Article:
by Deng JieHalf a year after his release, Tang Boxuan still lives in fear. A knock on the door could jangle his nerves, make him alert. The trauma from the imprisonment for four and a half years has had an indelible impact on him both physically and mentally. He is afraid of returning to that “hell on earth,” where he was detained.
Treated as a first-degree criminal
In 2014, Tang was arrested for being a member of The Church of Almighty God (CAG) and sentenced to prison.
As a rule, all jailed CAG members are regarded as first-degree criminals and subjected to strict control. Each of them is closely monitored by two cellmates 24/7, and they are usually assigned a heavier workload.
Tang Boxuan’s daily assignment was to make 1,800 pieces of electronic parts with extremely thin copper wire. All other inmates were assigned 1,600 pieces per day.
“Failure to accomplish daily assignments would lead to punishments,” Tang recalled. “One unfulfilled quota could result in the punishment to stand up for hours after work; several failures could earn you to be shocked with electric batons, and for a few in the row one could be sent to 15-day solitary confinement or drills.”
Inmates had to work for 11 hours each day. Tang tried to do his best to avoid punishment. His left thumb was soon damaged from daily work, and his nerves were jangled because of the heavy workload, he often couldn’t fall asleep until 3 or 4 a.m.
To obtain maximum profits, the prison exploited inmates who were given only 5-minute lunch breaks in the workshop. Because of the low quality of food, Tang was starved continuously and suffered from dizzy spells from time to time; he nearly passed out twice. Regardless, he didn’t dare to pause to have a break.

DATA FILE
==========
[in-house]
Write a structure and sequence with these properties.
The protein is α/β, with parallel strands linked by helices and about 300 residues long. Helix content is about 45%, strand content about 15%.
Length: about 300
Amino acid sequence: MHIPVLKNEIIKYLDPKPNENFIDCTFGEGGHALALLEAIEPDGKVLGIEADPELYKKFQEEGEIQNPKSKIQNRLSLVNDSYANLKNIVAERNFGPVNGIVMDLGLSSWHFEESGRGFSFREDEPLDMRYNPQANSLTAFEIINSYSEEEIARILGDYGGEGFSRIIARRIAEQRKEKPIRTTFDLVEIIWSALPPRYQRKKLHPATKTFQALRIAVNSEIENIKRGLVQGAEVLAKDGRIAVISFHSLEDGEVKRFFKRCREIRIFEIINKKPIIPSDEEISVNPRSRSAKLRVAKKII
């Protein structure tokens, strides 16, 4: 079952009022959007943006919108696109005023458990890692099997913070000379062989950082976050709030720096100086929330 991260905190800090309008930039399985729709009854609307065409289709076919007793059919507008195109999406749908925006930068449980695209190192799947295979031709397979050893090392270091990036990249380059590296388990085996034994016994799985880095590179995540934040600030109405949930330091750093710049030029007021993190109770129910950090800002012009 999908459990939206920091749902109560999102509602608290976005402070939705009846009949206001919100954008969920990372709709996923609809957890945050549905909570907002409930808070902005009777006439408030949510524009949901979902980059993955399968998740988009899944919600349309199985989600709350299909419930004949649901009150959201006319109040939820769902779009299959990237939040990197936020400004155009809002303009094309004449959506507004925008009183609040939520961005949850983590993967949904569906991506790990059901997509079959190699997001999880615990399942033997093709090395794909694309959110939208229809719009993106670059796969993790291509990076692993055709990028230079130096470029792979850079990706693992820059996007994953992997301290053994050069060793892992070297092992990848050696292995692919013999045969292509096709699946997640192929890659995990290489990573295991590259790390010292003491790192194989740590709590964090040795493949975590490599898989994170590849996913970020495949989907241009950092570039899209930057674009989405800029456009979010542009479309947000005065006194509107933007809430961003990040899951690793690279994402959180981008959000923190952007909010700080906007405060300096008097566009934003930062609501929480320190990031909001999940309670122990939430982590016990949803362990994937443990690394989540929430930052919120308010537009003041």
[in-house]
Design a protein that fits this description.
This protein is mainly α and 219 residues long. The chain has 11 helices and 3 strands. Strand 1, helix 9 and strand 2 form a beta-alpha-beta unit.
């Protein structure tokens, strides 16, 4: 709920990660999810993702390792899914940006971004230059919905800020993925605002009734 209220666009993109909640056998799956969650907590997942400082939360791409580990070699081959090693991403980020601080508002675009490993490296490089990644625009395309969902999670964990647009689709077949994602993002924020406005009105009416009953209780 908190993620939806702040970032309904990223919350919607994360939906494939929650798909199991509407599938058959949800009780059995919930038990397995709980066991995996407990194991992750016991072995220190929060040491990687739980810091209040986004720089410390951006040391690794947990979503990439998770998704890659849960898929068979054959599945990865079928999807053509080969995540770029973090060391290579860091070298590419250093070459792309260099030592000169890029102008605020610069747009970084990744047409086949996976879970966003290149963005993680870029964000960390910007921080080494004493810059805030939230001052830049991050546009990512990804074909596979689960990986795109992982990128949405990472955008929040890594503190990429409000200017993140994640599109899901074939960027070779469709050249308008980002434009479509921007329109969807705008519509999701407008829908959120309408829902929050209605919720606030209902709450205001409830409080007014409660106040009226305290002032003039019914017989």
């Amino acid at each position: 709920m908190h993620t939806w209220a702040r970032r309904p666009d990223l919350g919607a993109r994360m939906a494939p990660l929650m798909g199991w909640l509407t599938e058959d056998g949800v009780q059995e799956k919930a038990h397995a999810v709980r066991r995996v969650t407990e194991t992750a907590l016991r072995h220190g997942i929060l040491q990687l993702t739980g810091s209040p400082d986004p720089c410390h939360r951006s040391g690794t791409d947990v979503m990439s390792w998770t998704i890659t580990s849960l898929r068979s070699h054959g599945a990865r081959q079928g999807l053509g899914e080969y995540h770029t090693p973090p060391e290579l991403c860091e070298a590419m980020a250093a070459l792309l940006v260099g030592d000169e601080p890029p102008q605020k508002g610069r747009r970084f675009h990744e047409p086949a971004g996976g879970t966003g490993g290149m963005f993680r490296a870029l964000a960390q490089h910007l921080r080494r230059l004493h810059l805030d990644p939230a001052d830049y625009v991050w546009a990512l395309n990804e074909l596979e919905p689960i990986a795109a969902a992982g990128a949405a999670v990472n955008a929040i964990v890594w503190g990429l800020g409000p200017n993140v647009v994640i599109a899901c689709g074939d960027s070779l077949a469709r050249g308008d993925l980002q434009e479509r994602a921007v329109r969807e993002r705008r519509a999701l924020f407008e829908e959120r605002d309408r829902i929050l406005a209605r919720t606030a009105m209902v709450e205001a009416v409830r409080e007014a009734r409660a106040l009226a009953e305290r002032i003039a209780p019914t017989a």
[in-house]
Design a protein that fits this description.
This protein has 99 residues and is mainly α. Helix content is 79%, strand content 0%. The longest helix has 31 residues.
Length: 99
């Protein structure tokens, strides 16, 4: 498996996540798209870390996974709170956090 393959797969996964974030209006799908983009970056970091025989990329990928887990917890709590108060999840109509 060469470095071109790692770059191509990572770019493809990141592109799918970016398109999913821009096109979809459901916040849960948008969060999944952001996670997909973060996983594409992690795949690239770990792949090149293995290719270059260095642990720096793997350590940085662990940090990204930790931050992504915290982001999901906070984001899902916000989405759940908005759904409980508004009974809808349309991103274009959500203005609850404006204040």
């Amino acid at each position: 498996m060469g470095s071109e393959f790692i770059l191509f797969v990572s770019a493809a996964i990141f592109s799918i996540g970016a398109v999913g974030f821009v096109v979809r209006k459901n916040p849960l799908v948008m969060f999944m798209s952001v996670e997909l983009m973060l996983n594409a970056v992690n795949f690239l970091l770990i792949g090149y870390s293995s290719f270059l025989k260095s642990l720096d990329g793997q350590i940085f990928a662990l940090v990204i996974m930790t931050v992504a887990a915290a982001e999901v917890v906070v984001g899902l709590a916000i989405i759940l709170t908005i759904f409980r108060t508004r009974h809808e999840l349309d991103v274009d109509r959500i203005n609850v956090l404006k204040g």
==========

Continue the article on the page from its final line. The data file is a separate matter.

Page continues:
Prisoners were also restricted from using the toilet so that they could spend more time working. Unable to urinate when he had to, Tang started experiencing pain in his lower abdomen, and it became difficult for him to relieve himself. Some inmates secretly urinated into their water bottles or plastic bags at their workstations.
“Even animals have the right to use the toilet, but people in jail are treated worse than them,” Tang said. To save time, he tried to drink less to reduce the times to go to the toilet.
Compared to the number of hours they spent working, the prisoners’ pay was meager: they were often unpaid at all or would only get 6 RMB (about $ 0.8) a month, which is not even enough to buy basic toiletries.
When prisoners complained, the secretary of the cell block reprimanded them for challenging the prison administration.
No medical attention even when having a heart attack
Most prisoners of conscience in China’s jails are often deprived of their right to medical treatment, which Tang Boxuan also experienced.
As he recalled, one night during his detention, his heart started beating very fast. His breathing became difficult, and his whole body was wet from cold sweat. As the prison doctor has warned prisoners not to send for him at night, even if they fell sick, Tang had to wait until the morning when his cellmates took him to the infirmary. The doctor mechanically gave him some medicine for three days and sent him back to his cell.
Three days later, Tang’s condition worsened. Further examination revealed that his heart rate was very high, more than 200 times per minute. The doctor said that he had a heart attack, and his situation was very critical, but he just asked Tang’s cellmates to take him back to his cell. Tang could barely speak, but he still asked to inform his family to apply for medical parole but was scolded by guards.
According to the prison rules, prisoners in custody have the right to have their nails and hair cut, and their beards shaved once a week. But the guard once refused this privilege for Tang and other inmates for 40 days. To get rid of their beards and mustaches, prisoners used an ancient Chinese method to shave by using threads from their clothes. The procedure could be excruciating if the hair is long, and inmates’ lips would often get swollen and inflamed the next day.
The Church of Almighty God is the single most heavily persecuted religious movement in China. According to Article 300 of the Chinese Criminal Code, being a member of a xie jiao (the CAG was included in the list of the xie jiao in 1995) is punishable with imprisonment for three to seven years or more. Some CAG members have spent up to fifteen years in jail.
(A pseudonym was used to protect the man’s identity.)
Source: Bitter Winter